The paradigm of intellectual shamanism

Intellectual shamanism is and isn’t a form of materialism.  (I shall explain.)

Perhaps one way to understand this is if you imagine different forms of economy.  The material economy is the economy of possessions, food, supplies, clothing.  It includes the physical dimension of cold and warmth, and the means to regulate one’s temperature.   Alongside this is the emotional economy.  Place all the aforementioned items in an emotional context, and one knows exactly what this is.  One has the means to regulate one’s emotional temperature, one has emotional protection, gratification, control.  Finally there is the economy of meaningfulness, which is oftentimes called ‘spirituality’.   To obtain and take possession of meaning is a fundamental human drive.

The key insight of shamanism is that meaning is created rather than discovered.  Or, to put it in a different way:  in most cases, somebody had to first create the meaning that you later came along and believed you had discovered.  They embedded their meaning in reality — and there it was, when you found it!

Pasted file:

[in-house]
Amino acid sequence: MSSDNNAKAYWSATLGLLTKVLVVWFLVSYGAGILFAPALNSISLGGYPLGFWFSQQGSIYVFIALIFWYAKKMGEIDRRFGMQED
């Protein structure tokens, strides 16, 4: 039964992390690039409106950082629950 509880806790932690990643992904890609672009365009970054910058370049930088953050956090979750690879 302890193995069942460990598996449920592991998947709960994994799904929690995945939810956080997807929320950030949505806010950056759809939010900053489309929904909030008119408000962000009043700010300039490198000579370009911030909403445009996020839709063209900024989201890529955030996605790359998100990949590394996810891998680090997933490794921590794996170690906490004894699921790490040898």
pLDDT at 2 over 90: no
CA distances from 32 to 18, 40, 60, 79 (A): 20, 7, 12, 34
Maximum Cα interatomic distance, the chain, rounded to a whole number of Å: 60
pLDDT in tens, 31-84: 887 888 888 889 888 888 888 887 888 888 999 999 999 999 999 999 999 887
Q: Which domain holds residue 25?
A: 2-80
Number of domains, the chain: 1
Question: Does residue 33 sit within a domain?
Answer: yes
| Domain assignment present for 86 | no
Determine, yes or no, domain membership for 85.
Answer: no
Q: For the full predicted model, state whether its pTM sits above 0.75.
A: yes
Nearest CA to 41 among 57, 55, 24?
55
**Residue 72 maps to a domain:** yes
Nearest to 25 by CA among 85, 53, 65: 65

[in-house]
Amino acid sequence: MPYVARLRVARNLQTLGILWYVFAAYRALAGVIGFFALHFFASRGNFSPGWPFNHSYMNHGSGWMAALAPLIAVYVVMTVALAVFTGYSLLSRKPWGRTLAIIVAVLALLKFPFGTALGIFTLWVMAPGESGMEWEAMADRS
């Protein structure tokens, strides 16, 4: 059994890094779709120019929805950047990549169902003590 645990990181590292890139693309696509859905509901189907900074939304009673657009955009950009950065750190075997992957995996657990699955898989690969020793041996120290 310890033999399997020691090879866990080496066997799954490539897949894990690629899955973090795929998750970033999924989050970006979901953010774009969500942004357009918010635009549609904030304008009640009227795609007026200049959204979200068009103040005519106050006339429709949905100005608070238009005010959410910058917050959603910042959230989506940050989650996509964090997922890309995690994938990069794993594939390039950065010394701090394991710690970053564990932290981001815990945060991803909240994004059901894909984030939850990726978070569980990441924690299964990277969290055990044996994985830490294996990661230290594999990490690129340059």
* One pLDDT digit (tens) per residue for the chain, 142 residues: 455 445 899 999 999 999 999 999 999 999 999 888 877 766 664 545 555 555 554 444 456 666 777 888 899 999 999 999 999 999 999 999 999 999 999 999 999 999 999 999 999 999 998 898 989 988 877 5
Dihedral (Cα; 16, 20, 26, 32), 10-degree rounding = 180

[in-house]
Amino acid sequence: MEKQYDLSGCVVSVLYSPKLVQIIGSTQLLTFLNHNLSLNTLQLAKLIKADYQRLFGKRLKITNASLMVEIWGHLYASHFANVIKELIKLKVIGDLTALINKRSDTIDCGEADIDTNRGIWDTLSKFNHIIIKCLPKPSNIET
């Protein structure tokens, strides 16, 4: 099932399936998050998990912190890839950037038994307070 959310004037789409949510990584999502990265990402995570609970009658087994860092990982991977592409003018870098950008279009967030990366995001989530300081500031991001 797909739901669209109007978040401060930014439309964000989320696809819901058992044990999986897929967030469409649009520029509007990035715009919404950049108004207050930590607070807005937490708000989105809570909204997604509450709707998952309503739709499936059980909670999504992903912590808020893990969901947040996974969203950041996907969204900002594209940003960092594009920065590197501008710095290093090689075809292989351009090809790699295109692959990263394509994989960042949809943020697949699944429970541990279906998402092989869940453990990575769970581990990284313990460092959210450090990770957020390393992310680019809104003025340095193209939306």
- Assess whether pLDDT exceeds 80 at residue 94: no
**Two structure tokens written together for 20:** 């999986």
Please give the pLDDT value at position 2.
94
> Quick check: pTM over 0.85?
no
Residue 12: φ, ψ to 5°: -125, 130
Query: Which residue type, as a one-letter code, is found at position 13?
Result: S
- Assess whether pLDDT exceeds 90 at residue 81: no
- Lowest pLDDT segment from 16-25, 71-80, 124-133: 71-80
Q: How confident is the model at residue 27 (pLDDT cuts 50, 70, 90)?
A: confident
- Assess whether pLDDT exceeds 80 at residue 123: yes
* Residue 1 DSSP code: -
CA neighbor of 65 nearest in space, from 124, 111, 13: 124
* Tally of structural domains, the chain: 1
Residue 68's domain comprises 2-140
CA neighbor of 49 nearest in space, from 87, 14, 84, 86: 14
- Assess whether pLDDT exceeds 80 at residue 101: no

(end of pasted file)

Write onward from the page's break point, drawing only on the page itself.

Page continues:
Although the economy of meaning is the most important to intellectual shamanism, the paradigm of intellectual  shamanism posits that there are these three different economies that are all simultaneously parallel to each other and interrelated.

Rich material experience is vitally important to one’s development, but this wealth must be viewed primarily in terms of experience, not in terms of spending power.   Spending power is only valuable to the extent that it can purchase one rich physical experiences, that extend one’s understanding of the world.

Intellectual shamanism is not a form of materialist determinism.   That is, it holds that nothing intellectual or spiritual necessarily or inevitably arises from a bedrock of a good material conditions.  That being said, some material wealth is of benefit, so long as it is not in excess to the point that it forms a buffer between a person and their capacity to directly experience the world.  There is no sense in idealizing poverty, but it is nonetheless the case that being poor often leads to a much less buffered (hence less circumscribed) view of the world.

In general, the idea that meaning is not inherent to the world, but requires a human creator, sets shamanism apart from other philosophical positions, including materialism and philosophical idealism.

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